Japanese Princess Mako has given up her royal status to marry her college lover and commoner boyfriend Kei Komuro.
Under Japanese law, female imperial family members forfeit their status upon marriage to a “commoner” although male members do not.
Princess Mako also skipped the usual rites of a royal wedding and turned down payment of 150 million yen (around £985,000) offered to royal females upon their departure from the family. She is the first female member of the royal family to decline both.
However, Ms. Mako, dressed in a pale blue dress and holding a bouquet of flowers, left her home around 10am on Tuesday, October 25, after bowing to her parents Crown Prince Fumihito and Crown Princess Kiko, and also hugging her younger sister Princess Kako. She waved to her parents before her car left the royal family’s residence.
More on the Marriage of Princess Mako:
The couple registered their marriage on Tuesday by signing paperwork at a local office in Tokyo’s Akasaka estate in the morning, according to the Imperial Household Agency.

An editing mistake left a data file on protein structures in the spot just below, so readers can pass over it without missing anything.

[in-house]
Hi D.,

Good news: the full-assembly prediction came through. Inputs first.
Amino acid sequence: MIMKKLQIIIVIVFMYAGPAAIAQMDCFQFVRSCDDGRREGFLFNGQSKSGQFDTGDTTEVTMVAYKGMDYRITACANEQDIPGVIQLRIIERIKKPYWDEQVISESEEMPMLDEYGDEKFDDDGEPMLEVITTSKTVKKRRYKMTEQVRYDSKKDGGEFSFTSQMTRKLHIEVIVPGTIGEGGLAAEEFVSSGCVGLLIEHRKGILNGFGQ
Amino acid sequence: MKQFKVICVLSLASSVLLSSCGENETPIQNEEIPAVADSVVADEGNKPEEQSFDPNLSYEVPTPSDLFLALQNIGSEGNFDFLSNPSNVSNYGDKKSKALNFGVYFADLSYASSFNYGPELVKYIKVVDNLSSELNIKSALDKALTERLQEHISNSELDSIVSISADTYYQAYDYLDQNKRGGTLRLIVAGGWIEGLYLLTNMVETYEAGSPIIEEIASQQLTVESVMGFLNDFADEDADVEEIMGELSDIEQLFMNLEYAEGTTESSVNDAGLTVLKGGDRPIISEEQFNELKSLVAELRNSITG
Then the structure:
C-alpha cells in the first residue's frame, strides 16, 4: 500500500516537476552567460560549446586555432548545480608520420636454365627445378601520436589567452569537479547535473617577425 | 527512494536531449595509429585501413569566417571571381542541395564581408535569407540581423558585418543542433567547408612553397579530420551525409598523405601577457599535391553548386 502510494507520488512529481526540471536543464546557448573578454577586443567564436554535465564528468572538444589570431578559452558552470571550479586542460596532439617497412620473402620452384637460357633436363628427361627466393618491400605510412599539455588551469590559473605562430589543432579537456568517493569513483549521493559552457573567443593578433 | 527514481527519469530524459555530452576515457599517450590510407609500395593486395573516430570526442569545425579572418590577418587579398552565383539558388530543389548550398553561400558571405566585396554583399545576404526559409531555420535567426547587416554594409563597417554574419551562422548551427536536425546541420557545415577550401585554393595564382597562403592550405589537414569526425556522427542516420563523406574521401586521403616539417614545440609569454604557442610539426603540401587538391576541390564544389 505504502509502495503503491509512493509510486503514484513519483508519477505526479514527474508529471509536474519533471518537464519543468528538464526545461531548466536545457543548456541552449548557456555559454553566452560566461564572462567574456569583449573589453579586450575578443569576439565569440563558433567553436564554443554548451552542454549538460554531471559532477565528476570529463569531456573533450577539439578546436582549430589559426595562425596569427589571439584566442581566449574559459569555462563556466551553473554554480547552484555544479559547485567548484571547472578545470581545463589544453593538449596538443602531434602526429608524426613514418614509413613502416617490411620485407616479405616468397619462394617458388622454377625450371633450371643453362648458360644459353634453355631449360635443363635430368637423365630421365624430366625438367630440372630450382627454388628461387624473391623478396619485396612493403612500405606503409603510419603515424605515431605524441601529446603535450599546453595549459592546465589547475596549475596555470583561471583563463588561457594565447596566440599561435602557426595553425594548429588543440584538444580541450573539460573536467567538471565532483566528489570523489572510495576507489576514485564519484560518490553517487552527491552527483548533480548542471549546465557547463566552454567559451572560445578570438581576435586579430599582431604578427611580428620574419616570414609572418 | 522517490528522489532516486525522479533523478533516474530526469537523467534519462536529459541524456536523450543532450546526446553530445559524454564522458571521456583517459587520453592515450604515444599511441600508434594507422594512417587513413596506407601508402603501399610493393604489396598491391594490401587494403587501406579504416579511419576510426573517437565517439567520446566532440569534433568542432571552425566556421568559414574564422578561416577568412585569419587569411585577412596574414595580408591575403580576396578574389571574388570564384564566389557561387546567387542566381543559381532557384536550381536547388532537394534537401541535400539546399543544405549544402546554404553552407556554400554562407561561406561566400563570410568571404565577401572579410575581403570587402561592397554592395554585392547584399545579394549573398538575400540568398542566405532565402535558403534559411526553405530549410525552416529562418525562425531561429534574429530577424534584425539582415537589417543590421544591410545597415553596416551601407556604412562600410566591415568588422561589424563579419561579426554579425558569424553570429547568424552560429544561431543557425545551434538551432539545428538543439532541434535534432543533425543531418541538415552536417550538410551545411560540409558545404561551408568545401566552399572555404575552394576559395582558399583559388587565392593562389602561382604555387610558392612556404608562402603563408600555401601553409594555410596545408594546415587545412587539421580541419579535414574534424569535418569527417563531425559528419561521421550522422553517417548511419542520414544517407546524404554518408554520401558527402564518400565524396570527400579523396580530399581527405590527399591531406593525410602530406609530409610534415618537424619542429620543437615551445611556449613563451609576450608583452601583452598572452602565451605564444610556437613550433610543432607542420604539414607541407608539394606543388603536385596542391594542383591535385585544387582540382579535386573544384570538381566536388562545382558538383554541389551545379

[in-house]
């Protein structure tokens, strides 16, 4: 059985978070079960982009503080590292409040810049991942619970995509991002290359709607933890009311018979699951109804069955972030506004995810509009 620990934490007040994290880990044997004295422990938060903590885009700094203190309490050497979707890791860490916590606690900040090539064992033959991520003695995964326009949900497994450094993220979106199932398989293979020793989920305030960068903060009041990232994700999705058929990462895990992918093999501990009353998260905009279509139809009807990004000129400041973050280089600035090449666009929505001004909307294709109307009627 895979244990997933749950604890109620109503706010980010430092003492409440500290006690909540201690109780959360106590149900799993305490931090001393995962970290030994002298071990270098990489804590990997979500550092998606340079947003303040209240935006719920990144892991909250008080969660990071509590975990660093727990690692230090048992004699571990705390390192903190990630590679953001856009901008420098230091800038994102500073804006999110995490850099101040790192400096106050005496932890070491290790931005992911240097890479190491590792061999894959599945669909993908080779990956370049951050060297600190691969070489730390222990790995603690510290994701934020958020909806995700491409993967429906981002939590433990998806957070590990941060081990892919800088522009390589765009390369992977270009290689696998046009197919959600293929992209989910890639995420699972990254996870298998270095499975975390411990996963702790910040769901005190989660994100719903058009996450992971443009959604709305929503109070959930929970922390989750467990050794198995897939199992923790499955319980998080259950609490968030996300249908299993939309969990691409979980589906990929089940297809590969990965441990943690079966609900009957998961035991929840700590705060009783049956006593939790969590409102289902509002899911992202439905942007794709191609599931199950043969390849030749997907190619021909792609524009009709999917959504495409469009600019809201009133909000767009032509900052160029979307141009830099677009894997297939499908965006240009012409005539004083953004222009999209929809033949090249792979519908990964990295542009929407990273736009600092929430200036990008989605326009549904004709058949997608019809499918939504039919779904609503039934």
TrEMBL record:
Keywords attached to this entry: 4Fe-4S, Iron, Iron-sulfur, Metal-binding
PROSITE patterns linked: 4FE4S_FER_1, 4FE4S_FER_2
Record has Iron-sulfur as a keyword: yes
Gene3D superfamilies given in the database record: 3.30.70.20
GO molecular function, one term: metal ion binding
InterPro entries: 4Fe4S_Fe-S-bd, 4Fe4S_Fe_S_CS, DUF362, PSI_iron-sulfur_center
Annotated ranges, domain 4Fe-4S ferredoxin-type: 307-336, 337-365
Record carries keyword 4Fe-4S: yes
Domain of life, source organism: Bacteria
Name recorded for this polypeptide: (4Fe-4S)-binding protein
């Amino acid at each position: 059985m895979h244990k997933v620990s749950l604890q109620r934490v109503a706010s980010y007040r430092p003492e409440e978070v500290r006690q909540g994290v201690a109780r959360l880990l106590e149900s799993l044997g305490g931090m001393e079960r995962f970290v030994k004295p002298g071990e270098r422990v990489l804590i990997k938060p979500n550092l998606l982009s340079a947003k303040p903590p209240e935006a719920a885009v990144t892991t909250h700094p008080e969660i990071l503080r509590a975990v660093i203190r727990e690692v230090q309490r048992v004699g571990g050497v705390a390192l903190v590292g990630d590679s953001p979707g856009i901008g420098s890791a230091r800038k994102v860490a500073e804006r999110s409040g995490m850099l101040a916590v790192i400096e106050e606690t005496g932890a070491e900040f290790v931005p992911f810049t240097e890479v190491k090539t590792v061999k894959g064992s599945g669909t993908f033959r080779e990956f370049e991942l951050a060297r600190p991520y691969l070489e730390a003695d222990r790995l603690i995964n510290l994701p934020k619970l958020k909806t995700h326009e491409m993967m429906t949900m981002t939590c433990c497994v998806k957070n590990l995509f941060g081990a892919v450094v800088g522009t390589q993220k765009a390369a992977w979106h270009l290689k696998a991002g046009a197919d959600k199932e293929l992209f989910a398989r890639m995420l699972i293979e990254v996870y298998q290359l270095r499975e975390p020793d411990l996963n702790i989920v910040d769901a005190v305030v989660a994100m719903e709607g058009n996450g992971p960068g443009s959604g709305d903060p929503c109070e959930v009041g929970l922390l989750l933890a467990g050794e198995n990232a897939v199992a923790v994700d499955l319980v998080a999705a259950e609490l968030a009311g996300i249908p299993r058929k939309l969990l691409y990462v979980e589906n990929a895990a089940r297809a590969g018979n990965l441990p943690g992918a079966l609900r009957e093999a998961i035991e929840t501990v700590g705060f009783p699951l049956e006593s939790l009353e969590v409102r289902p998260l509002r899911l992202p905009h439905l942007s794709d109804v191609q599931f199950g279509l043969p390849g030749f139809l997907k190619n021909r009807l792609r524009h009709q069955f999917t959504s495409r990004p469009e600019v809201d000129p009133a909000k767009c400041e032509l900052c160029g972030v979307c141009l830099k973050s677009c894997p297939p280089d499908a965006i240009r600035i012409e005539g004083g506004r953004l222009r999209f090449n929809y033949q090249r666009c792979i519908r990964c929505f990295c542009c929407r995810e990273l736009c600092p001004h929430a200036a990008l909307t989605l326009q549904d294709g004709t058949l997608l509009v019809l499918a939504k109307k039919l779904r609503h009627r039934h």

Furthermore, In a press conference on Tuesday, Ms. Mako apologized for any trouble brought to people by her marriage.
“I am very sorry for the inconvenience caused and I am grateful for those… who have continued to support me,” she said, according to an NHK report. “For me, Kei is irreplaceable – marriage was a necessary choice for us.”
Mr. Kumuro added that he loved Ms. Mako and wants to spend his life with her.
The newlyweds are to address the media in a news conference later in the day.
“Some of the questions took mistaken information as fact and upset the princess,” an official from the Imperial Household Agency, according to Japanese public broadcaster NHK.
The couple’s expectation is to move to the US – where Mr. Komuro works as a lawyer – after marriage.
By Taiyelolu A